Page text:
The whole notion of the child uprising and murder of all the adults is creepy on its own, ut Isaac is the epitome of creepiness. He’s the ringleader. He preaches of a strange sort of god called “He Who Walks Behind the Rows.” Isaac is so evil that he’s even turned on by all the children he just convinced to murder their parents. His former followers sacrifice him to He Who Walks Behind the Rows. After that, depending on your horror movie tastes, he comes back to life and becomes either more or less creepy, with an affected, deep, growling voice, and zombified look. For our money, an evil human child is creepier than an evil monster – because you expect the monster to be evil; the unexpected is creepier. Fortunately, Monster Isaac doesn’t get much screen time.
9. Village of the Damned (1960)
So imagine you’re living in the quiet town of Midwich, England, when suddenly you’re unconscious, along with all your neighbors. Soon after you wake up, you discover that all the child-bearing women in the town are pregnant and eventually all give birth on the exact same day. With all that, it would be safe to assume that a bunch of creepy kids would emerge. And you’d be right. That’s how Village of the Damned begins.
How creepy are they? For starters, they have these wide, unblinking eyes that occasionally glow when they use their telepathic powers. The eyes were so creepy that British censors actually released a version of the film without the glowing eyes, for fear of freaking out the public. They’re seemingly unfeeling, like robots. They have oddly cropped platinum blonde hair and craniums that are just unusually large enough to be disturbing. Plus, there are the small matters of reading people’s minds and forcing them to do things against their will… including making them kill themselves.
8. The Grudge
An American remake of the 2002 Japanese film Ju-On: The Grudge, 2004’s The Grudge was a disturbing tale of a Japanese family murdered by the patriarch, the entire family then turning into vengeful ghosts who seek to murder anyone who enters their home. One of those ghosts is the family’s eight-year-old boy, Toshio (Yuya Ozeki), who had witnessed his father snapping his mother’s neck and was then drowned in the bathtub by his dear old dad.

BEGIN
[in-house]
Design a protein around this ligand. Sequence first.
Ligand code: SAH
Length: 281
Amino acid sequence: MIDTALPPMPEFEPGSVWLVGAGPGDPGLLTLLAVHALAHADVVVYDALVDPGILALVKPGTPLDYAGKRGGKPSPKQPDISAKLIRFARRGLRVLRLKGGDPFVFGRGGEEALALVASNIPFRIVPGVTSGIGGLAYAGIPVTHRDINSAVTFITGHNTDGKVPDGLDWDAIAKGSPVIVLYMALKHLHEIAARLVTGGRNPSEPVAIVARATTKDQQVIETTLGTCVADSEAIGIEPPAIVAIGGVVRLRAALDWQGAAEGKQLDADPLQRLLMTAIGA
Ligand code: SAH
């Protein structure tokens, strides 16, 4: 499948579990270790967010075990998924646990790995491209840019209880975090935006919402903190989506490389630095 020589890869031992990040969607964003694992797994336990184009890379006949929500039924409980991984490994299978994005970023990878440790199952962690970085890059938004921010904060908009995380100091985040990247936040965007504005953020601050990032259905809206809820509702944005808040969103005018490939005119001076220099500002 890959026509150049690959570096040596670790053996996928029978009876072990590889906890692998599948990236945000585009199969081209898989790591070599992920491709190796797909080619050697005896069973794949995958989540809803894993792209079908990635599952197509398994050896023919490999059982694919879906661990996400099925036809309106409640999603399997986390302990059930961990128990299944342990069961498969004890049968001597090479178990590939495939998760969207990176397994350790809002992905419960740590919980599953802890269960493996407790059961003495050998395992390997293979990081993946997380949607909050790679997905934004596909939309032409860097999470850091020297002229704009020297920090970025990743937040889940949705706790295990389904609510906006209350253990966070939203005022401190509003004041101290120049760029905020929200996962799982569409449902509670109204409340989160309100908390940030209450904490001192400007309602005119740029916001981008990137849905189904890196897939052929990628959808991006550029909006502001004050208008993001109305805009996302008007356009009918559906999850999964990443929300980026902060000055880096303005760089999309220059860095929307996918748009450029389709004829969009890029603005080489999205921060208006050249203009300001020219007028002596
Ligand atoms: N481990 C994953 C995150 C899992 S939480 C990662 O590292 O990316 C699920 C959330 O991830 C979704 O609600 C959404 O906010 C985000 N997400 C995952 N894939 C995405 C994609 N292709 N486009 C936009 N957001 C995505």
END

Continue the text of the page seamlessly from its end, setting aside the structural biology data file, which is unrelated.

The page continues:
The father hid Toshio’s body in a closet. And, wouldn’t you know it, years later he’s discovered by Karen (Sarah Michelle Gellar) in that same closet, which had been taped shut – seemingly alive. Then he creepily stares at Karen from upstairs. Just stares. In this early scene, he just looks like a creepy-but-cute kid, but later we see him in his true, ghostly form, with pale skin and black-rimmed eyes, making strange meowing sounds and killing people.
If you ever watched The Omen (more on that later!), the inciting incident of 2009’s Orphan is familiar: a family loses their daughter and adopts a mysterious child. In this case, it’s a nine-year-old Russian girl named Esther (Isabelle Fuhrman). She dresses like someone from a much earlier time, she has almost black eyes and pale skin, all of which give her an unsettling presence. Fuhrman effuses a beautiful heartlessness and ferocious menace in the role.
So there’s plenty strange about Esther from the beginning. Then things start to happen. It begins when she hurts a girl at school, but quickly progresses when she viciously murders the head of the orphanage with a hammer. Soon after she creepily tries to seduce her adopted father, we learn that Esther is actually a mentally disturbed, murderous 33-year-old woman with a condition that makes her appear like a child. And she disturbingly reveals this to the camera when she unveils straightjacket scars, her “real” grotesque teeth and womanly body. (Yes, we know she’s not technically a child, but we spend most of the movie thinking that she is, so we put her on the list anyway.)
6. The Sixth Sense